Tomorrow, my husband and I will celebrate our 17th wedding anniversary and to mark this momentous occasion I have vowed that I will rid myself of a wedding present that has haunted me from the day it entered my house- THE SPICE RACK.
I don’t know exactly what the problem is in this house of mine. It could be that the person chosen to play the role “Mother” seems to have gone missing and we can’t find time to hold new auditions. Because of that we amble along quite haphazardly like a BMW without a GPS system. People notice things. Like for years we had a fridge that could operate with gas or electricity. I found it in my new husband’s house when I moved in and accepted that it was part of the package. It was handy in the early 90’s when we were both teachers and junior secondary schools were being built almost daily. We were forever moving into unfinished houses with no power, and a gas fridge meant that we could have ice, even if we couldn’t have lights. On a hot December afternoon in Botswana, that is very important.
Then there was suddenly electricity everywhere. The gas/electric fridge became a bit of a dinosaur, but we soldiered on with it. Since it had no thermostat , it never shut off and used loads of electricity. It built up ice in the freezer like the top of the Himalayans. People would often be heard saying, “We really should get rid of that fridge- it’s killing us!” But nothing was done. Years passed and still it was there. Until one day I said -enough is enough- and carted it off and went and bought a new electric one. That was that. I’ve done it once, I can do it again.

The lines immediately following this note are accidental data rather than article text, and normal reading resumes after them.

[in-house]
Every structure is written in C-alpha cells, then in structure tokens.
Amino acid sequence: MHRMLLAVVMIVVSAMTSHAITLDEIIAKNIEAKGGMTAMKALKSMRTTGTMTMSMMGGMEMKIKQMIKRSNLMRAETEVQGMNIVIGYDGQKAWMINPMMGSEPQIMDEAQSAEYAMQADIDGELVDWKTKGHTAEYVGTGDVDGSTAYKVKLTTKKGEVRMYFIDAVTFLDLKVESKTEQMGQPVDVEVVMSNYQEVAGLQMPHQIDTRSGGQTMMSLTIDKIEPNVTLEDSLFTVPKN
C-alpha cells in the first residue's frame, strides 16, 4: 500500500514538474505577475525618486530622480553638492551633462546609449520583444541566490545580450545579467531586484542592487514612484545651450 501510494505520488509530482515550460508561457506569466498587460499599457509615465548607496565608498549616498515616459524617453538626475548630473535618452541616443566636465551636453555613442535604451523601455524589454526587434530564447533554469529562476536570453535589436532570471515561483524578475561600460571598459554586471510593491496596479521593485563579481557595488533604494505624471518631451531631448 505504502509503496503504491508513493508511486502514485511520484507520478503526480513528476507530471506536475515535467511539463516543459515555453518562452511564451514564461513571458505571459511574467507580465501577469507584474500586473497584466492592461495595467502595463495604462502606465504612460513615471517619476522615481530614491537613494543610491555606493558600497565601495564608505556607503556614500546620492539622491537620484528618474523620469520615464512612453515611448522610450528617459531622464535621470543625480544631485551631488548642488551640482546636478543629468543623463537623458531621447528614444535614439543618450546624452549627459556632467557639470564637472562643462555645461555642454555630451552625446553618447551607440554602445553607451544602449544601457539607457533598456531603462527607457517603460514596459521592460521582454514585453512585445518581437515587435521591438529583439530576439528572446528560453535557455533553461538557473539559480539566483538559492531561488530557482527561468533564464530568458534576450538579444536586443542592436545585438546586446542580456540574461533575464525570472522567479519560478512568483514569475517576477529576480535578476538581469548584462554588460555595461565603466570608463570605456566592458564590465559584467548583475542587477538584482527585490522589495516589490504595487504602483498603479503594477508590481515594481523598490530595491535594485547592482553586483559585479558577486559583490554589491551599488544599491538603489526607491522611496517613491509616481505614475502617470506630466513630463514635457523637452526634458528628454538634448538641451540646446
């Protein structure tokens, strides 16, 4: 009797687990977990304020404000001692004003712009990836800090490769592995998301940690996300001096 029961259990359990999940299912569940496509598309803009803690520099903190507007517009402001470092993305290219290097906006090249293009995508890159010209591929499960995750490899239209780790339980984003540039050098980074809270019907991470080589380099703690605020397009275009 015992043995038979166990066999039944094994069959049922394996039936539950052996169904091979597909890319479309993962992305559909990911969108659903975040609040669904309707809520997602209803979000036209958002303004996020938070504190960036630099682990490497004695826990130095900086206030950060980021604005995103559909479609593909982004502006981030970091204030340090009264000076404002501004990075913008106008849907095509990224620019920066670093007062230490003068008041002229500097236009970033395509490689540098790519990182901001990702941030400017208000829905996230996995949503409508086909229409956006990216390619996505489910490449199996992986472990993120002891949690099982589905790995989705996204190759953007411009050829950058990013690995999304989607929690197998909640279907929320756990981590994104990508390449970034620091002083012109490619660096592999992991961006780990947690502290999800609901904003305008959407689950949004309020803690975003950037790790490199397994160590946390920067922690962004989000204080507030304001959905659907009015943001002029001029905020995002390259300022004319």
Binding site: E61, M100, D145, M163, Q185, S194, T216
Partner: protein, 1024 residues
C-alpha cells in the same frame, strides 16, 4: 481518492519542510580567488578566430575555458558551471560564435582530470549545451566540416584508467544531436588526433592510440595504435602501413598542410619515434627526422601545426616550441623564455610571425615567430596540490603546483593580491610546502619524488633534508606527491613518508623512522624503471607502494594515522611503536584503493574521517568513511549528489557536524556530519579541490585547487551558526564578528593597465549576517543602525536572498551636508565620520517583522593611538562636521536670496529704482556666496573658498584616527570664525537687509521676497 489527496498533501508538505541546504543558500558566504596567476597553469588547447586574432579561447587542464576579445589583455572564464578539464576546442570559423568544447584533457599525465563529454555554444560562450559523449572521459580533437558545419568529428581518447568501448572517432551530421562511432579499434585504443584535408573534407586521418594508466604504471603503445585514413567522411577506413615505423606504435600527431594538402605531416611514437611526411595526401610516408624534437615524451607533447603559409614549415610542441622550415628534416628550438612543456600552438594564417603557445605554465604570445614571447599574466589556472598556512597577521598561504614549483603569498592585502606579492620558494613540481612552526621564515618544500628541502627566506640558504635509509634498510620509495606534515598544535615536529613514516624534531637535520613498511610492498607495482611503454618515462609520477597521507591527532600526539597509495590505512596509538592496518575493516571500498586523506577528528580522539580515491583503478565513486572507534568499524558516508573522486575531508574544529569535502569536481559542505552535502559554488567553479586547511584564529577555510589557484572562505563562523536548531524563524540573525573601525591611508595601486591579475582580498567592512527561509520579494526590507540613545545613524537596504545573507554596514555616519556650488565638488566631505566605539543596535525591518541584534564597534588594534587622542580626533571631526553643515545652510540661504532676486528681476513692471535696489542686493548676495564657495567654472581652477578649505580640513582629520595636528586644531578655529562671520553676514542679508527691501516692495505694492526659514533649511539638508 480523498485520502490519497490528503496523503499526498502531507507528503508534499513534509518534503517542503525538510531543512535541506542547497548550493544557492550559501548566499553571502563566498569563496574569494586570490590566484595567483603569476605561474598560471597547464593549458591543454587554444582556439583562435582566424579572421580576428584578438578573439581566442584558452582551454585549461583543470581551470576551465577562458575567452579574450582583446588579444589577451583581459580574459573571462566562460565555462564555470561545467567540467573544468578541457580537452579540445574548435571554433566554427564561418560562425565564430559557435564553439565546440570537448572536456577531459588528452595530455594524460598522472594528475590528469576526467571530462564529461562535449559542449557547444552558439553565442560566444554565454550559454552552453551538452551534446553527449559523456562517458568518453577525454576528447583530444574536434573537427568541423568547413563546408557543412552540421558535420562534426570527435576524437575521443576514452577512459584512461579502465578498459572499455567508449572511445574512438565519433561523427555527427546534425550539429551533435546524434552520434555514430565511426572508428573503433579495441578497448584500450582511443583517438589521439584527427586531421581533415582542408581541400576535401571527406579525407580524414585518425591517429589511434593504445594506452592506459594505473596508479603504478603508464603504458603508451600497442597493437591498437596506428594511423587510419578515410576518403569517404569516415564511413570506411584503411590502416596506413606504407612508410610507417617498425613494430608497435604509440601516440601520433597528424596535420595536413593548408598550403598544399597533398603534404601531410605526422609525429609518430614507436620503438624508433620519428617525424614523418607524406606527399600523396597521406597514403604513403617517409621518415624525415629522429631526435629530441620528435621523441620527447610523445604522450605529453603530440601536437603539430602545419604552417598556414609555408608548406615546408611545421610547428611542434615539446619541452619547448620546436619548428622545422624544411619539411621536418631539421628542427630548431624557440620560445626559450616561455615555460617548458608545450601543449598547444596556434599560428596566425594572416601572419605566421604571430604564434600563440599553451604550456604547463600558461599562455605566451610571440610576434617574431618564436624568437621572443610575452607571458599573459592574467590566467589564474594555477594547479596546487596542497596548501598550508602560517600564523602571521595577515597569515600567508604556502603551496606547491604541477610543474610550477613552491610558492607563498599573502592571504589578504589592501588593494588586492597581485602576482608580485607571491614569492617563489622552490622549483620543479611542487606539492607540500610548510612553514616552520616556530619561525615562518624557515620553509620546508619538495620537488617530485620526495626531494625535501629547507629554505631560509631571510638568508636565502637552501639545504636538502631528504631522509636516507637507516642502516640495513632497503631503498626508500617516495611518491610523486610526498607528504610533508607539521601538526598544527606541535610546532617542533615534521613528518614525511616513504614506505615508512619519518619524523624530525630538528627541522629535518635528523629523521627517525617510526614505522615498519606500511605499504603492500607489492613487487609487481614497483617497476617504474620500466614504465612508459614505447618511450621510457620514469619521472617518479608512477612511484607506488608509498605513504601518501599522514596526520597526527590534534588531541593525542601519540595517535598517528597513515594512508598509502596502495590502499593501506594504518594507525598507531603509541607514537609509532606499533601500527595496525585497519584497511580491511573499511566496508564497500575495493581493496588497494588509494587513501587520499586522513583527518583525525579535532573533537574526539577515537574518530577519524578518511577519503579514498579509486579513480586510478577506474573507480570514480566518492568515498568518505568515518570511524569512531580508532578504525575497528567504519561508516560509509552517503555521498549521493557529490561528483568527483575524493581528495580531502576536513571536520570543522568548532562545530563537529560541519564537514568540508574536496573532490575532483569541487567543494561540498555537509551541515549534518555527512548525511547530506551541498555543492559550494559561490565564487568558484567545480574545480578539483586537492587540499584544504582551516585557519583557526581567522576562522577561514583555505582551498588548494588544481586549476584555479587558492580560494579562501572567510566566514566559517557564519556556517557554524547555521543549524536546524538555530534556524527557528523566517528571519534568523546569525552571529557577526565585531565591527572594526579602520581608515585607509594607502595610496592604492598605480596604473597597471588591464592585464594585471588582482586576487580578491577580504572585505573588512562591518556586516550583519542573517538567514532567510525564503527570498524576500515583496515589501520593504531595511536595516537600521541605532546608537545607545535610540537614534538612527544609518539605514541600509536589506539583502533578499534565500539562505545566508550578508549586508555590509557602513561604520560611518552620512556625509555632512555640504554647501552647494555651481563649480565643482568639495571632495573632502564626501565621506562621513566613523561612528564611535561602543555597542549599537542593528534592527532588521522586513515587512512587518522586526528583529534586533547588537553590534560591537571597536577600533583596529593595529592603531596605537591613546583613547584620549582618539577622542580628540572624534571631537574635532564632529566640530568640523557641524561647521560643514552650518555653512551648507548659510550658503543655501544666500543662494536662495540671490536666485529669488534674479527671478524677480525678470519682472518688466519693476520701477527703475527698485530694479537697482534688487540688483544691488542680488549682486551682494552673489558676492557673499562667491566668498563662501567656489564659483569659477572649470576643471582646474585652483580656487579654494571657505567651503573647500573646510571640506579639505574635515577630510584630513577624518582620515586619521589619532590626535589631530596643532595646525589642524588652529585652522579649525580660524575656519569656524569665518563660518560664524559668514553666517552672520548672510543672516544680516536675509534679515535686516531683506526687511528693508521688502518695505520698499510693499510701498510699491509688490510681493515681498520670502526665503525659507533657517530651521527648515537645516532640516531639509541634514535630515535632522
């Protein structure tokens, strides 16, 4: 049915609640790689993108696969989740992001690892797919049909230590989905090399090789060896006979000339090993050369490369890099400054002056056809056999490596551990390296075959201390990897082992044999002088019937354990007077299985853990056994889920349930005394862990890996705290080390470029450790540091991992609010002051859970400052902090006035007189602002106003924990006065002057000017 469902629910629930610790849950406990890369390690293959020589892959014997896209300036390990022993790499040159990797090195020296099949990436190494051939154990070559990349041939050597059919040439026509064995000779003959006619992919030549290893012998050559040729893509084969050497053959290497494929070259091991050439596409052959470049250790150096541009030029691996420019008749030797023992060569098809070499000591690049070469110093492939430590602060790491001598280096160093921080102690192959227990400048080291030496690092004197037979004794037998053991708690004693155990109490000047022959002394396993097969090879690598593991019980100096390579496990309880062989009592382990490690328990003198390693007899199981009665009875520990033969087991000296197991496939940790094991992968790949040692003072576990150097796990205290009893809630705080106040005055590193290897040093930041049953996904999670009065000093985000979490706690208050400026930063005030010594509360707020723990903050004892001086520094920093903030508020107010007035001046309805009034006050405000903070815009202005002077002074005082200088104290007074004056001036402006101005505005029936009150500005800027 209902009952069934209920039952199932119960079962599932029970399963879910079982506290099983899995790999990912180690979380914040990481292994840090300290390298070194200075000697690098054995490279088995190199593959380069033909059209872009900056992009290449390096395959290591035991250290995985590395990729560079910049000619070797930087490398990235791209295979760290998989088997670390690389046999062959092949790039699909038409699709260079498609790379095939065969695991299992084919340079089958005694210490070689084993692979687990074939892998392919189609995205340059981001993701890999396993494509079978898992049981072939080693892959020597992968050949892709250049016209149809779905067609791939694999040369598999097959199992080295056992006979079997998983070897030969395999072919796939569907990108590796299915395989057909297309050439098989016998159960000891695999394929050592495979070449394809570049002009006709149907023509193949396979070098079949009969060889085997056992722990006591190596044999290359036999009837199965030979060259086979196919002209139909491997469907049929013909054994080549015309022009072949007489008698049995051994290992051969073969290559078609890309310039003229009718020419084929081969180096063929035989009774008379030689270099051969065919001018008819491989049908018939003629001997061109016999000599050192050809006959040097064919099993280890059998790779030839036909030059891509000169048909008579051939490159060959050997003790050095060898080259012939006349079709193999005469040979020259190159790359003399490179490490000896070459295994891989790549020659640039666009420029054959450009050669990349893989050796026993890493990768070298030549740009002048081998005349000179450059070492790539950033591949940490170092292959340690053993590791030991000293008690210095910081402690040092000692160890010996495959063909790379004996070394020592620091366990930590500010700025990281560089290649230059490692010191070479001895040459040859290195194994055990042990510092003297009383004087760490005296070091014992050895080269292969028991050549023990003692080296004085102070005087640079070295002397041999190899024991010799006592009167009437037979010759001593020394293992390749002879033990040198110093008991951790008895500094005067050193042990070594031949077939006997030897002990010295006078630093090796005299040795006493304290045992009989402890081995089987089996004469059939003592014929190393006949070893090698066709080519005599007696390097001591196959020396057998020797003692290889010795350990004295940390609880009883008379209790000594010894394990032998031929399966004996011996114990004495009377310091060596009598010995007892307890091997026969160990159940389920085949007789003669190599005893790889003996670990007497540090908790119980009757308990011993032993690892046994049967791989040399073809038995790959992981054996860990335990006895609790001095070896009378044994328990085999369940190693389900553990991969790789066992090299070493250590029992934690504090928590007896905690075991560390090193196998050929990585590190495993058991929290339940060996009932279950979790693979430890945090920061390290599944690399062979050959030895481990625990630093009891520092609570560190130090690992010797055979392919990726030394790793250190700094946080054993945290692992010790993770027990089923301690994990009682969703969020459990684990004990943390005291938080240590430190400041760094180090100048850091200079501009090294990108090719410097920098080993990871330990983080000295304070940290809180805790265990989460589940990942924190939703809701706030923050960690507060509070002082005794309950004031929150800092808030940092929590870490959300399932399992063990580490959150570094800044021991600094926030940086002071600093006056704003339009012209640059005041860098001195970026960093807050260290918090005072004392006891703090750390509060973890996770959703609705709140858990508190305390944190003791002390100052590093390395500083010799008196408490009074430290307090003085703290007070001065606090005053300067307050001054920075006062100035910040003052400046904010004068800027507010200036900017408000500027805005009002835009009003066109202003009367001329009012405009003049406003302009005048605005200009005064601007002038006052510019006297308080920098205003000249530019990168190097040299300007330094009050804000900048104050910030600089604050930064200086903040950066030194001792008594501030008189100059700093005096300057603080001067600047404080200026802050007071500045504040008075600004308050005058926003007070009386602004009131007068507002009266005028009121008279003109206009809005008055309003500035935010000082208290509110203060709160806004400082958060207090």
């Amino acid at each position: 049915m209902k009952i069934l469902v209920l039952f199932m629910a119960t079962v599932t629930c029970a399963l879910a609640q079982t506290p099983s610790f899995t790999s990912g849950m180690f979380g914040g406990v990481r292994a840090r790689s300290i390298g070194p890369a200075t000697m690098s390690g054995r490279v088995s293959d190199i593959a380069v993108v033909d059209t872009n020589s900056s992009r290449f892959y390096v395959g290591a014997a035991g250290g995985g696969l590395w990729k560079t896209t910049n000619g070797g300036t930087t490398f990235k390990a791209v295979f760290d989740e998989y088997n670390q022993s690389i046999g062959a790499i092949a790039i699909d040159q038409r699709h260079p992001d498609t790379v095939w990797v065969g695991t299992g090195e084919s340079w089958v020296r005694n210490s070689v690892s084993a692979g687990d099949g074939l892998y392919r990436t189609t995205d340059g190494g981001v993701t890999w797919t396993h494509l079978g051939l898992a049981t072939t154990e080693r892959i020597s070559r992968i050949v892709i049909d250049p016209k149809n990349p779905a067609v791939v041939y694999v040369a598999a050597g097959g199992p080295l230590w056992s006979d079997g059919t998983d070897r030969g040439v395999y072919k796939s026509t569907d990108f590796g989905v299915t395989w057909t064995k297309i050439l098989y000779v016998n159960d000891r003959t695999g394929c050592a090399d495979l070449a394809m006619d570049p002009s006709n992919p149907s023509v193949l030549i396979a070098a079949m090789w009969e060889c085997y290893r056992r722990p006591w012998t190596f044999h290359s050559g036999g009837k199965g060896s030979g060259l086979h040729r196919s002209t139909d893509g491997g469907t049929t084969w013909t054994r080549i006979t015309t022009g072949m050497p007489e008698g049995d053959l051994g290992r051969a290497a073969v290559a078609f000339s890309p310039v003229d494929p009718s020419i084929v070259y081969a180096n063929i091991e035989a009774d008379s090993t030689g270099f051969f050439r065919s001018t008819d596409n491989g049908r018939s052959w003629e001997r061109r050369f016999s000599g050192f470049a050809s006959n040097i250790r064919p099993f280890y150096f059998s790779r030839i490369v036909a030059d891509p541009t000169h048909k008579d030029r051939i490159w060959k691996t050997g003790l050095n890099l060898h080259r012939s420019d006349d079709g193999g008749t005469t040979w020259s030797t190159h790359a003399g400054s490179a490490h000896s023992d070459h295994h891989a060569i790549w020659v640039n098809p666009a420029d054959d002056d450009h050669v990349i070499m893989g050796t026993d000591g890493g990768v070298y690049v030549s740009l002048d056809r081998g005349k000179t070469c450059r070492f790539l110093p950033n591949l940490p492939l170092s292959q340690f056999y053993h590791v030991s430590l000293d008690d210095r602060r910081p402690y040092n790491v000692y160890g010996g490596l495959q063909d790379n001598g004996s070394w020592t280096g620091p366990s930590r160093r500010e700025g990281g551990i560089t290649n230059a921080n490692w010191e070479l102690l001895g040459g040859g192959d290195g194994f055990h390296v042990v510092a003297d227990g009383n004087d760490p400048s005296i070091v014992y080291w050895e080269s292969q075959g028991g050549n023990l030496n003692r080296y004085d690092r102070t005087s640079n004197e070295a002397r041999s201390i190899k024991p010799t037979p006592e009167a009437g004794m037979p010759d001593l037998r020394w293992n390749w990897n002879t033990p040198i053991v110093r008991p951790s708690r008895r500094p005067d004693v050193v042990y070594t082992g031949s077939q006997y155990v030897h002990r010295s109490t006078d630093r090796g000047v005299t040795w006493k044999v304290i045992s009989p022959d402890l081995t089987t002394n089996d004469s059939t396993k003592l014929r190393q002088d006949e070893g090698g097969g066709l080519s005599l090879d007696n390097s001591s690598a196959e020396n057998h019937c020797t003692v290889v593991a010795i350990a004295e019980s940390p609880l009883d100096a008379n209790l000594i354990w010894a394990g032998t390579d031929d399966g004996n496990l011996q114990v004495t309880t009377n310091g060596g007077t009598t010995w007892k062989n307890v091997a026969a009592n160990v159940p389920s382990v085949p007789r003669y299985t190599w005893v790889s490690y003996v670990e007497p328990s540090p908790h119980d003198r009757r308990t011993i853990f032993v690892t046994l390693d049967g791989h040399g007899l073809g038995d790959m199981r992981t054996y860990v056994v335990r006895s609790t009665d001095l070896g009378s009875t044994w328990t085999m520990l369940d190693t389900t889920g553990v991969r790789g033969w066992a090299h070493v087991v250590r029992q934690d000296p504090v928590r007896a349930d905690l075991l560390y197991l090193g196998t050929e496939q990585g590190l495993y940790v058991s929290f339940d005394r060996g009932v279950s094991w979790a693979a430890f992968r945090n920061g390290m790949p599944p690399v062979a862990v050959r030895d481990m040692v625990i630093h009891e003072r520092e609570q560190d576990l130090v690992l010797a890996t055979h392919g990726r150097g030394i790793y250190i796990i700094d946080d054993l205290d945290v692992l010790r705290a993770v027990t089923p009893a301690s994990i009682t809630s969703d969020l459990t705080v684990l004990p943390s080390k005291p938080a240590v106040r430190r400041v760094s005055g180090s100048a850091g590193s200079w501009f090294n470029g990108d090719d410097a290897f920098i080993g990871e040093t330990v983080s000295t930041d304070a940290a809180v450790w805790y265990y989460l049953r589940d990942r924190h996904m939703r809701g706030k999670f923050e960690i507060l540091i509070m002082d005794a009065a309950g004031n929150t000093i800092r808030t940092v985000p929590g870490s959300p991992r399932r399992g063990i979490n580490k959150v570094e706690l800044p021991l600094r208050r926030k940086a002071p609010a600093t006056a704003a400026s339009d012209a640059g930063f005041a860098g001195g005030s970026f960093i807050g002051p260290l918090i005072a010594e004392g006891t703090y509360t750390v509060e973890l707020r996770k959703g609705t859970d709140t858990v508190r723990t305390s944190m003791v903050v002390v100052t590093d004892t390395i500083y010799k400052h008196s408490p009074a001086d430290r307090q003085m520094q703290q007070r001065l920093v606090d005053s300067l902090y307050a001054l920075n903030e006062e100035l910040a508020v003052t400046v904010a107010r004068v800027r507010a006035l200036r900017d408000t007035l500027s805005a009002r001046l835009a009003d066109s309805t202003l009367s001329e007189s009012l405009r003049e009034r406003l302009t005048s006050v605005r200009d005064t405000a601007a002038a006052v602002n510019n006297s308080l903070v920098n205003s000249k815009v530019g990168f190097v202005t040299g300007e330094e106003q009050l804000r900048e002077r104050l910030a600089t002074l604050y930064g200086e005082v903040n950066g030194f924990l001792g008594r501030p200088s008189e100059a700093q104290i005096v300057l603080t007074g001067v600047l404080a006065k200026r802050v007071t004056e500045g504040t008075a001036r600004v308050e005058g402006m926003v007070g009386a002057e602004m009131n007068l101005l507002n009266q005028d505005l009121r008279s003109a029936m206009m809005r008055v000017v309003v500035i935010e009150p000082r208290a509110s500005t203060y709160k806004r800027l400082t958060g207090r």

The problem is that the SPICE RACK arrived in our home with a fatal manufacturing flaw- actually two, or possibly even three. It is supposed to be sort of like a double-storied, Lazy Susan with little grooves where the bottles of spices should theoretically sit.
The first flaw is it is permanently tilted, which doesn’t bode well for the many little glass bottles meant to be held by it. Second, the grooves are not really grooves. They’re the hint of a groove. The slight thought that a groove might be useful. They will hold nothing. Lastly, the spinning. To turn the spice rack is to waste hundreds of Pulas worth of spices because even the slightest movement will cause all spice bottles, both upstairs and downstairs, to go flying out in all directions crashing onto the floor spectacularly.
Inevitably, people in the kitchen will be told in a panicked voice- “Watch out for the spice rack!” or “Don’t touch it!”. We’ve adapted to living with it, but must we? Were humans really meant to live like this? Bullied by kitchen apparatus? I say NO. The time has come to take a stand, and to celebrate my wedding anniversary I intend to do just that.